For this reason, it’s essential that crypto investors understand their responsibilities when it comes to filing taxes on any capital gains or losses associated with their trading activity.

Exchange platforms are now required by law to provide investors with detailed documentation proving both coin acquisitions and dispositions–including sale prices and cost basis amounts.

Taxpayers must then use this information in order to accurately calculate their cryptocurrency capital gains and losses for tax purposes. Such calculations will vary depending on how long investors have held their coins and how much profit or loss each sale generated over different time periods.

Following the correct rules when reporting cryptocurrency activities also requires investors to track all trades comprehensively and store any relevant documents securely.

By showing due diligence in filing taxes on crypto assets, law-abiding investors reduce the chance of facing financial penalties during an audit or investigation by the IRS down the line.

Frequently Asked Questions and Their Answers

Are there any tax benefits to trading cryptocurrency?

Yes, there are some tax benefits to trading cryptocurrency. Depending on the particular circumstances, traders may be able to take advantage of capital gains tax incentives and deductions when they trade cryptocurrency.

For example, in the US, capital gains rates on investment income from cryptocurrency trading can range from 0-20 percent, depending on a trader’s filing status and income (with higher rates for short-term gains).

Additionally, business expenses related to cryptocurrency transactions may be deductible under certain circumstances; for instance, businesses that use cryptocurrencies for payment processors or advertisement may be able to claim deductions for these costs.

Ultimately, whether someone can take advantage of any tax benefits depends on their country’s rules and regulations, so it’s important to consult a professional to ensure compliance with all applicable legislation.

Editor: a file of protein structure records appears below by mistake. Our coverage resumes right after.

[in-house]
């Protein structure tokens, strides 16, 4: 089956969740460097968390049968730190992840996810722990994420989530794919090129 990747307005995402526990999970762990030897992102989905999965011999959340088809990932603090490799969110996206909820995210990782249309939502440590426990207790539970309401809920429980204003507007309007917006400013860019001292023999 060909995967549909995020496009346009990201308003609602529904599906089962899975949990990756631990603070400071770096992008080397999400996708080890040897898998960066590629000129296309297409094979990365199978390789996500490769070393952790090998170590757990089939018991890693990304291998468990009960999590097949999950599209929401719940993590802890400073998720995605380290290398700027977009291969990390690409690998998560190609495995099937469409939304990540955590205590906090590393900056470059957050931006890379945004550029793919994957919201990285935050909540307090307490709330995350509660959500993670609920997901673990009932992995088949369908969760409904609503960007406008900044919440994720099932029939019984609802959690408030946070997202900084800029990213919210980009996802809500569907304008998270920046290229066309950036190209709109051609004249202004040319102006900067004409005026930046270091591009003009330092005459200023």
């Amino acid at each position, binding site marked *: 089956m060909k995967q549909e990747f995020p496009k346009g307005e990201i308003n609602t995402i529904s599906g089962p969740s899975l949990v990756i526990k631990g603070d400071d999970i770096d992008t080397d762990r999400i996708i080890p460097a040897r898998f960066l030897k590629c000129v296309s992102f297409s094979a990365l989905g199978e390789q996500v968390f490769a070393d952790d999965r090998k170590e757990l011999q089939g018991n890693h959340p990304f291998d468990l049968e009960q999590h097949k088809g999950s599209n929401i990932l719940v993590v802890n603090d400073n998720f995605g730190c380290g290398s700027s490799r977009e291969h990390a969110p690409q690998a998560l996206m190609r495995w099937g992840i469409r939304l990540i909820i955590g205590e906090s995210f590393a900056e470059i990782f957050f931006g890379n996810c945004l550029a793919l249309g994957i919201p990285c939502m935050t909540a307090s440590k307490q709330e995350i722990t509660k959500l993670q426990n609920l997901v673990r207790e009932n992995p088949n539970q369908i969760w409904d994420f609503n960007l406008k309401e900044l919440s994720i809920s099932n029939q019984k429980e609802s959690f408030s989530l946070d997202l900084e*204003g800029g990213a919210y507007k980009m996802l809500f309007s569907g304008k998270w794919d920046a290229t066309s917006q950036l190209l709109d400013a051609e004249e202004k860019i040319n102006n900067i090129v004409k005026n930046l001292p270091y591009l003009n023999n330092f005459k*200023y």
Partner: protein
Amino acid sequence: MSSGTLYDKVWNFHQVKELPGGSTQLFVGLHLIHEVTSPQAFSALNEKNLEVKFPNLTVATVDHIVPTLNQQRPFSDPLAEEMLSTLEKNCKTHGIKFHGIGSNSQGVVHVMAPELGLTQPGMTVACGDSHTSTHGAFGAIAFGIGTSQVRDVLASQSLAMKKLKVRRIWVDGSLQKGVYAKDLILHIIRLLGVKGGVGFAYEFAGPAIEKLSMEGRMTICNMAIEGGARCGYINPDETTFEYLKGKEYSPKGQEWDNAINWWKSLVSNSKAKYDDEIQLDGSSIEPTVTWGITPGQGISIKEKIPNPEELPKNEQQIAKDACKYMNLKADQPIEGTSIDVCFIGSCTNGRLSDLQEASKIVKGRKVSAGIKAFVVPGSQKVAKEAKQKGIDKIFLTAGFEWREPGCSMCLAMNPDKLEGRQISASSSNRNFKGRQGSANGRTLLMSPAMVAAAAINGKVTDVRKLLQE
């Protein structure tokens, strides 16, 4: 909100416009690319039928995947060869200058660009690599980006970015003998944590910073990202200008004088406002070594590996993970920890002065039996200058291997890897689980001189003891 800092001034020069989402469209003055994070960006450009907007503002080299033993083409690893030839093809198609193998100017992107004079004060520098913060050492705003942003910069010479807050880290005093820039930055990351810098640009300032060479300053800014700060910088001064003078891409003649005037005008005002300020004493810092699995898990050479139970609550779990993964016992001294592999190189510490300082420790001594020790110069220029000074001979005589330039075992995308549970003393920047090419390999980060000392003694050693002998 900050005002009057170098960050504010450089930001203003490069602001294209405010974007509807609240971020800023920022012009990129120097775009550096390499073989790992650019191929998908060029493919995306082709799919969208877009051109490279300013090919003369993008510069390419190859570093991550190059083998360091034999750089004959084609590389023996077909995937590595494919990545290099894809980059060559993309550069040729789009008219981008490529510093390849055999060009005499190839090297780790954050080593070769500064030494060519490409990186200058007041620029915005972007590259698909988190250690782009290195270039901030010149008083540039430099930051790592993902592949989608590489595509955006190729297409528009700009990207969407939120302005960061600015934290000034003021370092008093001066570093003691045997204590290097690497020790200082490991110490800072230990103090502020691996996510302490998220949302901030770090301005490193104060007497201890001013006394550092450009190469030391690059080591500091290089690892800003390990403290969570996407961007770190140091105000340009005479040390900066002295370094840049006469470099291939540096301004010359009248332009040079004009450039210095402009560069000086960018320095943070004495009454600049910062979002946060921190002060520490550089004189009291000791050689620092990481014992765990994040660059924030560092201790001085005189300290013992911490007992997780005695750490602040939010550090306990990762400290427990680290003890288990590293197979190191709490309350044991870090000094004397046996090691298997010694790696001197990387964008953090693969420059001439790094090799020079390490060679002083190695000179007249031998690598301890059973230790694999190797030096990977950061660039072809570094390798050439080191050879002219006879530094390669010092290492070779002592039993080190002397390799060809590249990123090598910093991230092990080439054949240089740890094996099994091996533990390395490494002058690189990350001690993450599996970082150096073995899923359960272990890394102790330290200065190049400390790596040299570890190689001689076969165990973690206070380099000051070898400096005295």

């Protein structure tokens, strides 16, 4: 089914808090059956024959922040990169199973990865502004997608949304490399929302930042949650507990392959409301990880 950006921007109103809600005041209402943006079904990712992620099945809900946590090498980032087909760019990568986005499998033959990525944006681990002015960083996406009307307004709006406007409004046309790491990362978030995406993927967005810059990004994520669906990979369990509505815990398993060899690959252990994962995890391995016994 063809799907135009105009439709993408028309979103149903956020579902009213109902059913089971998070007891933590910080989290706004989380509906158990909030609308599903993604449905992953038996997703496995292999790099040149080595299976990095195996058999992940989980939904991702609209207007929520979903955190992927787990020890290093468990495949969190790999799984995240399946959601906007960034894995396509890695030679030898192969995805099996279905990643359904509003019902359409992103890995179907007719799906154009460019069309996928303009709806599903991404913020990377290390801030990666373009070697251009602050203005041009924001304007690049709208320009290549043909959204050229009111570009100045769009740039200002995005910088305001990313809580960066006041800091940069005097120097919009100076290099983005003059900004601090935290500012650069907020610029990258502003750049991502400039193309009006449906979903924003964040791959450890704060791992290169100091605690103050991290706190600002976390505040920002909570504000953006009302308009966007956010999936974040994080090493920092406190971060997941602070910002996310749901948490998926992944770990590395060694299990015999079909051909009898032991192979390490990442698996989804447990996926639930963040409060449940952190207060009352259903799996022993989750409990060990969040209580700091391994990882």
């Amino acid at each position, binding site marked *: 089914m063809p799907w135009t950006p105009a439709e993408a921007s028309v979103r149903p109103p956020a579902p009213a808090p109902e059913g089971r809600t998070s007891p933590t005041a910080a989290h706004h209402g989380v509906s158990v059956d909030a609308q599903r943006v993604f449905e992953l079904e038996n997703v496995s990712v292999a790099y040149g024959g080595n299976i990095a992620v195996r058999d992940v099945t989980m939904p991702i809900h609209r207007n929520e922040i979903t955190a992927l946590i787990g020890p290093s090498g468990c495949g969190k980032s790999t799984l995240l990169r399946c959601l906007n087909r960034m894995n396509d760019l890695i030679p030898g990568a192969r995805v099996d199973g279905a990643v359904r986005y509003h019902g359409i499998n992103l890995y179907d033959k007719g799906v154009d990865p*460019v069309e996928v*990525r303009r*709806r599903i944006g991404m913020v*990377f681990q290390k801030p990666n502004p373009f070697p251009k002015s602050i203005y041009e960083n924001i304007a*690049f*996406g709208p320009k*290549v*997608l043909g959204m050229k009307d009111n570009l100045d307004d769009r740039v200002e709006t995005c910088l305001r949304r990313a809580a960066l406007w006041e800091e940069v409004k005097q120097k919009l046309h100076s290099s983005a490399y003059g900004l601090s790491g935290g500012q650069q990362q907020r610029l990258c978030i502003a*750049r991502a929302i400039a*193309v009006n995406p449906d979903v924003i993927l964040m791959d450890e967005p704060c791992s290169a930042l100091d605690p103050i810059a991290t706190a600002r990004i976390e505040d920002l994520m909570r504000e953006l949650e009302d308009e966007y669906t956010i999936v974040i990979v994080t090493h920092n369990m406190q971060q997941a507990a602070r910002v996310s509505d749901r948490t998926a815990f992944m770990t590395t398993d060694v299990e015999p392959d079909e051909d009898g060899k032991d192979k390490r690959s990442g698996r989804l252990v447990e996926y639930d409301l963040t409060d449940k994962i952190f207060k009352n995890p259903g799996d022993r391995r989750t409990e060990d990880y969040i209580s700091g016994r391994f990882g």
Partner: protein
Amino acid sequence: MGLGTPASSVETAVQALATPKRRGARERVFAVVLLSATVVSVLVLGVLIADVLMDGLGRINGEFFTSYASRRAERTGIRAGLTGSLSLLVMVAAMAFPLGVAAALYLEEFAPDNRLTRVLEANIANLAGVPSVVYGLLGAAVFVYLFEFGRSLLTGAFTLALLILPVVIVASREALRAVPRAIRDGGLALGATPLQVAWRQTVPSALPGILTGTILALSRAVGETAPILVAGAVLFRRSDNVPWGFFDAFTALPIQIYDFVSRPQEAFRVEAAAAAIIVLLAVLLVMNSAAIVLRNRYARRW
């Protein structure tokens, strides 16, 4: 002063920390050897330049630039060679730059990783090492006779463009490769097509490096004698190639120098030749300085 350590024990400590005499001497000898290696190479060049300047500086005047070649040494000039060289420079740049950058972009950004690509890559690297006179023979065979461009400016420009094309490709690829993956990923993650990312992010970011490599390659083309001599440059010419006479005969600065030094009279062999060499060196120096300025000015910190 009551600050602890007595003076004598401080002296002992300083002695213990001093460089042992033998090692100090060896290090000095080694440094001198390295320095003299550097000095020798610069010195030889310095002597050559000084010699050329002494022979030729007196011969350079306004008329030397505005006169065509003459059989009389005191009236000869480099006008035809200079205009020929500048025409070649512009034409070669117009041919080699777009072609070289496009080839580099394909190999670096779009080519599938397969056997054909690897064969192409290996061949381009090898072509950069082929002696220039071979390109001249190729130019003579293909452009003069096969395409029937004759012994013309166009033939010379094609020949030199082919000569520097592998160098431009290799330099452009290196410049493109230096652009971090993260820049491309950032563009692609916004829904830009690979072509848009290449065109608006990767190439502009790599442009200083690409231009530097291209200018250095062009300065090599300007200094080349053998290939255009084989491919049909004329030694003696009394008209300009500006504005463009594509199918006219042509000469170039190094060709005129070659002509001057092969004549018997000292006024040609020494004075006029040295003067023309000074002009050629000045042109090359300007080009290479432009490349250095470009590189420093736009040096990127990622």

How do I accurately report my cryptocurrency taxes?

Accurately reporting your cryptocurrency taxes requires careful tracking of your crypto trading activities and taking the time to understand the tax implications in each situation.

First, document all of your crypto trades and related activities (such as transfers from wallets, ICO investments, etc.) throughout the year so you can keep track of gains and losses. In addition, make sure you also track any fees associated with these transactions.

Second, stay up-to-date on applicable tax laws and regulations in your jurisdiction. It’s important to understand which types of cryptocurrency transactions are subject to taxation and what forms of cryptocurrency are legally recognised as taxable assets in your area.

Third, ensure that you accurately report all income earned from cryptocurrencies in your tax filings. This includes anything that is considered a capital gain or income earned from trading activities (such as buying/selling digital assets).

When filing taxes, be sure to use the correct cost basis for your assets – either Fair Market Value (FMV) on purchase date or Cost Basis Value (CBR) on sale date – whichever applies to each transaction.

Finally, consult a qualified tax advisor for any questions about crypto trading taxes and to make sure you’re correctly declaring all income related to cryptocurrency activity on your returns.

What types of cryptocurrency taxes exist?

There are several types of cryptocurrency taxes, depending on the specific situation. These include short-term capital gains taxes, which are applicable when a cryptocurrency is sold within one year of being purchased; long-term capital gains taxes, applicable to any cryptocurrency sale that occurs more than one year after purchase; and taxation on mining income.

In addition, some countries may impose certain taxes or require certain forms or filings depending on the type of transaction and the amount exchanged.

Furthermore, certain countries may also recognise different forms of cryptocurrencies as asset classes with their own tax rules and regulations. As such, it is important to familiarise yourself with all available information prior to getting involved in trading or investing in cryptocurrencies.